A Blog by International Students at Leiden University

Willebrord Snellius, the real star of Leiden

I have talked about great historians and law experts in the previous blog posts; today let me introduce you to a great mathematician and astronomer: Willebrord Snellius van Royen. I first encountered this name in my first semester in Leiden, accompanying one of my flatmates to his office at the Snellius building of Leiden University. Willebrord_Snellius.jpg

The Snellius building hosts the Mathematical Institute, the Leiden Institute of Advanced Computer Science (LIACS) and the Leiden Centre of Data Science; it is thus named after the Leiden-born scientist, known as Snel in the English-speaking world. Snellius was born in 1580 and later in life succeeded as mathematics professor to his father, who also thaught at Leiden University.

In his life Snellius travelled around Europe setting foot in France, Bohemia and Germany. Abroad, he met renowned colleagues, including the Flemish mathematician Adriaan van Roomen, the Danish astronomer Tycho Brahe and the distinguished Kepler.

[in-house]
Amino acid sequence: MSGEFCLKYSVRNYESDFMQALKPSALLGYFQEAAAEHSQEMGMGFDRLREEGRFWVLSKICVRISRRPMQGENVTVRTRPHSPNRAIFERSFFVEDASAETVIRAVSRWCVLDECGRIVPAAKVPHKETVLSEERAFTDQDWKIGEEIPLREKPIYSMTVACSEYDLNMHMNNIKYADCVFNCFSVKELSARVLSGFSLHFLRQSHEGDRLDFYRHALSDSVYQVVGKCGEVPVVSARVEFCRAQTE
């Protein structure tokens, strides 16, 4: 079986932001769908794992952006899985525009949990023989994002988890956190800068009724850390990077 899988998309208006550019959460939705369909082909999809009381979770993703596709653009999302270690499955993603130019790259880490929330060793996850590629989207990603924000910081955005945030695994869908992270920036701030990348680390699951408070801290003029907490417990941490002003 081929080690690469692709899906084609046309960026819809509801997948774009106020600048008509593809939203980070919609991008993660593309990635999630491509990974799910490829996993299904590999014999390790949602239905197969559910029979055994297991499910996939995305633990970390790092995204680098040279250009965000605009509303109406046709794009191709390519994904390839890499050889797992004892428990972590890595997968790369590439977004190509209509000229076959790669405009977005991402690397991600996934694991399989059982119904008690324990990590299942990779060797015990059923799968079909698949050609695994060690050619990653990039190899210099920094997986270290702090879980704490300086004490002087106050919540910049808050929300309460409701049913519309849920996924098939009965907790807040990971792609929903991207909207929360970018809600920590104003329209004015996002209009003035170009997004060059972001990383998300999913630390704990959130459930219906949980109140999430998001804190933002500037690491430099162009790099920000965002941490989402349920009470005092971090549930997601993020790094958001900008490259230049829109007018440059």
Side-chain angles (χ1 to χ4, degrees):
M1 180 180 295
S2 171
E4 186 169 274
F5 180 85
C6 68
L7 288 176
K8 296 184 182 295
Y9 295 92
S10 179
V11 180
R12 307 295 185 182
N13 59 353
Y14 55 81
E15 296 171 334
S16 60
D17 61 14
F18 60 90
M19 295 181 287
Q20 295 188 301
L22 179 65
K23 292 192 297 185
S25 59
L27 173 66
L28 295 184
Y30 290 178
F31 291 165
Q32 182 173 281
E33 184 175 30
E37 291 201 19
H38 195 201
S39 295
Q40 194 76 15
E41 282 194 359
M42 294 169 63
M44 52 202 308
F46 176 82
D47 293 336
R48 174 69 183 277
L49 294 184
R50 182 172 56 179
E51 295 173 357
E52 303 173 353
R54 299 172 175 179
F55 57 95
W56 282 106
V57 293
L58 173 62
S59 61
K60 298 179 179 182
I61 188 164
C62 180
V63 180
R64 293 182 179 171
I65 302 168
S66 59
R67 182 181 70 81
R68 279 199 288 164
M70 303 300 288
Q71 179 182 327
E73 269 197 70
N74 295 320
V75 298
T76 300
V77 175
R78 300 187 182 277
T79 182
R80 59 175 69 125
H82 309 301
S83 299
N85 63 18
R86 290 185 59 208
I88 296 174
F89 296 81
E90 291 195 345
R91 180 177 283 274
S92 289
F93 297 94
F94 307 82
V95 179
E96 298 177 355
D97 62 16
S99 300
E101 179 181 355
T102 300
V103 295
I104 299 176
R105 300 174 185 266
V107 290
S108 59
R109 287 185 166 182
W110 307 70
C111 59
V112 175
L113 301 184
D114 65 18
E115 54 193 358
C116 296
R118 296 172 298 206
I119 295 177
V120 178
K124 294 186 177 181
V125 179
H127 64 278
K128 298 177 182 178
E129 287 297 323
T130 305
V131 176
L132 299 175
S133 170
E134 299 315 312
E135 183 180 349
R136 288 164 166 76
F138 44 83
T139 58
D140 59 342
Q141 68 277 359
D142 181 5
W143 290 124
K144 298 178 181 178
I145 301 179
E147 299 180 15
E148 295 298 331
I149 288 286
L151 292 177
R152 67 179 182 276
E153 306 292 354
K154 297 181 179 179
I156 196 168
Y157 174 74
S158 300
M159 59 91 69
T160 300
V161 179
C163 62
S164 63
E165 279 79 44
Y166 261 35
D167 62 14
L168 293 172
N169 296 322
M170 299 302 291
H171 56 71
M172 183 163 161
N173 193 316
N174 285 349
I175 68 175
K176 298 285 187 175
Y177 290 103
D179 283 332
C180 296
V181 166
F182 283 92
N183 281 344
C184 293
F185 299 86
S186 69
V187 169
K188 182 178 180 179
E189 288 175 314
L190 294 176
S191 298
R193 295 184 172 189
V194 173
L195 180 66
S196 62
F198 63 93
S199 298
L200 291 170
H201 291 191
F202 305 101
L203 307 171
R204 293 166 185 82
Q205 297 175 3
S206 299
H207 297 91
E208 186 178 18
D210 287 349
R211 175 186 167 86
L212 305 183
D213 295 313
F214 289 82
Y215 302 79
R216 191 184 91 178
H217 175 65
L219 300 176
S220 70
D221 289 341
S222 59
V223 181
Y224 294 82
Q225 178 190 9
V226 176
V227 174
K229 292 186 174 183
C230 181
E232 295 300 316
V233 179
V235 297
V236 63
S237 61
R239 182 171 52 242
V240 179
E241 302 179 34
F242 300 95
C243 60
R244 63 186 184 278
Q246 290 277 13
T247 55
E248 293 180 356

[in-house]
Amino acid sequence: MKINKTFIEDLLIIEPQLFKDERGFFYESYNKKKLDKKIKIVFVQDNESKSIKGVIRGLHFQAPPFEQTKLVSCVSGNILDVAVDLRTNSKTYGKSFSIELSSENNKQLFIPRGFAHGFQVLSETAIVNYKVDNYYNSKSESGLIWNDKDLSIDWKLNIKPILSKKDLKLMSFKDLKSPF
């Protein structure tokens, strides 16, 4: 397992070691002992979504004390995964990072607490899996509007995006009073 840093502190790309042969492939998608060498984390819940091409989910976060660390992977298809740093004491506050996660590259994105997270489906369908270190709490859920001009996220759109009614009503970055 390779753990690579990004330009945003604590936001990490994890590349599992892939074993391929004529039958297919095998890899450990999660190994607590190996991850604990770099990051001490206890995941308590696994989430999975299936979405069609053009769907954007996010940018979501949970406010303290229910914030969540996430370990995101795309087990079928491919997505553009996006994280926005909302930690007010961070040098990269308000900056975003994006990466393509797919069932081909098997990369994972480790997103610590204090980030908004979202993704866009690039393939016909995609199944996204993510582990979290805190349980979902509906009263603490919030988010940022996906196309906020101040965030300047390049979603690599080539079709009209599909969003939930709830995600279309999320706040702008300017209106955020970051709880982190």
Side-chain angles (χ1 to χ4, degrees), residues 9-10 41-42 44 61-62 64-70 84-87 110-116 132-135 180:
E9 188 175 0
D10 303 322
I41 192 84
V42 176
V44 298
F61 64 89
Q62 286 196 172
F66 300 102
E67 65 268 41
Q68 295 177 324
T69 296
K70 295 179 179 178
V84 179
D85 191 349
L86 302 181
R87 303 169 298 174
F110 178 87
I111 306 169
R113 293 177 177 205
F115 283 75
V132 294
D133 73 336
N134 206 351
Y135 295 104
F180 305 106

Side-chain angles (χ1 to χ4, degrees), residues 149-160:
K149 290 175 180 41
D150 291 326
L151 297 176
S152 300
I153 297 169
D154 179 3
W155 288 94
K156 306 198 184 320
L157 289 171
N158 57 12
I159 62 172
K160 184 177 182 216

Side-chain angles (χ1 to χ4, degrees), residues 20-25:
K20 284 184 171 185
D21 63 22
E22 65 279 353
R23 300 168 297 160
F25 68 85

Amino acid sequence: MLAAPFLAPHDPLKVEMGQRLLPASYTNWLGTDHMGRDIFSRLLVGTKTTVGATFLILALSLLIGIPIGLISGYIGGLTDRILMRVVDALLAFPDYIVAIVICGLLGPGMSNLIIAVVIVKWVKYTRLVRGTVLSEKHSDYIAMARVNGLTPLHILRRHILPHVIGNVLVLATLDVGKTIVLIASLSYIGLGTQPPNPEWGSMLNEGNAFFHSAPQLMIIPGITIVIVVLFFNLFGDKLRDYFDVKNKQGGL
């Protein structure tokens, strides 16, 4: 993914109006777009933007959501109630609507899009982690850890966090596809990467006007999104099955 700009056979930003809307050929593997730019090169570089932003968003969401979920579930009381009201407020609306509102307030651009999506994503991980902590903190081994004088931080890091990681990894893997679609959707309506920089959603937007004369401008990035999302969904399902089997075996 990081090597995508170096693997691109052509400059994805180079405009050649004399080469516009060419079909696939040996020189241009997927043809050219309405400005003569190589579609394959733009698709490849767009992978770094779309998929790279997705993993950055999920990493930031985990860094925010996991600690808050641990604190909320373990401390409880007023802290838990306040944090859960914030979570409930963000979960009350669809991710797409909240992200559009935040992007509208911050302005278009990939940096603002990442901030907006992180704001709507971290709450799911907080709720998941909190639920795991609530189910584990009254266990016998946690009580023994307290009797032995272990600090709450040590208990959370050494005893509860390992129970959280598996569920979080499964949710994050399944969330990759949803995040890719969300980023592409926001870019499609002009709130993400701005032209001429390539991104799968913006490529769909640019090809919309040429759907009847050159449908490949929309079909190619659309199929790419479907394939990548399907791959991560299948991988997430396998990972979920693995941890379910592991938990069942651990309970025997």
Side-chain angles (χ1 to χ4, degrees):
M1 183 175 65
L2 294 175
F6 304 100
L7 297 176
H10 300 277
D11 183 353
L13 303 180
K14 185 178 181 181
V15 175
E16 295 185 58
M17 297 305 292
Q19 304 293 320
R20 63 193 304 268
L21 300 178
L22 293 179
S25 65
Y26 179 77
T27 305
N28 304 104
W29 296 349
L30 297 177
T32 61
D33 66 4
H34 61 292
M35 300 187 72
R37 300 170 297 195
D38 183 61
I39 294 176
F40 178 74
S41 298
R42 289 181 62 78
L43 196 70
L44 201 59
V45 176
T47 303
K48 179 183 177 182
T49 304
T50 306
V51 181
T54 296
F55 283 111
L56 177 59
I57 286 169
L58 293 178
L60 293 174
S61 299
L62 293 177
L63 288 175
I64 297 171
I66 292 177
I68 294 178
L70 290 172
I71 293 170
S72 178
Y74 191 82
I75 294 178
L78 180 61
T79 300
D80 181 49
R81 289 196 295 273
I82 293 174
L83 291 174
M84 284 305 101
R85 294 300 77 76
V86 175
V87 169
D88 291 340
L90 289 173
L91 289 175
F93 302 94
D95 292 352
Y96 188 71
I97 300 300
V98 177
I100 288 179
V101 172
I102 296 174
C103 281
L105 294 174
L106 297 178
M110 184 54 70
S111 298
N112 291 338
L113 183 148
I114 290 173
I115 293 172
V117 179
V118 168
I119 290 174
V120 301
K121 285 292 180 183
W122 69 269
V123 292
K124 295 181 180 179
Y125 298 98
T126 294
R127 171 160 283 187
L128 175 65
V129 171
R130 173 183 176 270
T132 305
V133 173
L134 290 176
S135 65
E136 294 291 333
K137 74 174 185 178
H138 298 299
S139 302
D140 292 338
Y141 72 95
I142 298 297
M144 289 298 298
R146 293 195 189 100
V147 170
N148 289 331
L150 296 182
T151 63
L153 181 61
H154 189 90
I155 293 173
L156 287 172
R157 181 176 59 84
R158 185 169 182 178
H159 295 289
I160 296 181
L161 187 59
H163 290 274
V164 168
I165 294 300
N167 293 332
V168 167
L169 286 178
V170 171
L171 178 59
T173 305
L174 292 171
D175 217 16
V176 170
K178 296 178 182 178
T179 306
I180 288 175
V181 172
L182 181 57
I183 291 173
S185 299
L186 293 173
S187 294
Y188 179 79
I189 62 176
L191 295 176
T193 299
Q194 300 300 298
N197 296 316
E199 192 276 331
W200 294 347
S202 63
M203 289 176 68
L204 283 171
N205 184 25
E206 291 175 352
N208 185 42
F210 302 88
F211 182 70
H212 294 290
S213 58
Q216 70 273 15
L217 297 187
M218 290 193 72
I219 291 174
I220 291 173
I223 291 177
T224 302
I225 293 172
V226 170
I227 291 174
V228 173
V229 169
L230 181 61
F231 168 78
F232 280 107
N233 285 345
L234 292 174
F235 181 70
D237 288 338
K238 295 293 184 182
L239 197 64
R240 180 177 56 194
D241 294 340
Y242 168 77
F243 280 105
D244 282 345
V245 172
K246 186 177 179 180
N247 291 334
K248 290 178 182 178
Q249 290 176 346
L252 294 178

According to the sources available, Snellius was the first to carry out a large-scale experiment to calculate the circumference of the planet Earth, after the Greek Eratosthenes in ancient times. Although the calculations revealed to be inexact (the actual circumference is 40,07 km, while he estimated a circumference of 38,653 km), he proved to be a skilful scientist in his field.

He described the method of calculation in his book Heratosthenes BatavusDe terrae Ambitus vera quantitate. Despite his calculations lacked precision, the experiment remains an important contribution to the mathematical branch of trigonometry. Snellius used the modern method of triangulation first described by the Dutch cartographer and physician Gemma Frisius around fifty years earlier.


Quadrant of Snellius
Image: Museum Boerhaave, Leiden

The main instrument used was a quadrant, today displayed at the Museum Boerhaave in Leiden. To carry out the calculations, Snellius counted on the help of two students from Austria. The book also contains the Snellius–Pothenot problem and its solution, that was wrongly attributed to Laurence Pothenot, a French mathematician from the 18th century.

Besides the Snellius building, a Lunar crater and three ships of the Royal Netherlands Navy have been named after hm.


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This entry was posted on September 22, 2019 by in Bruno, Leiden, Student City and tagged , , , , , .

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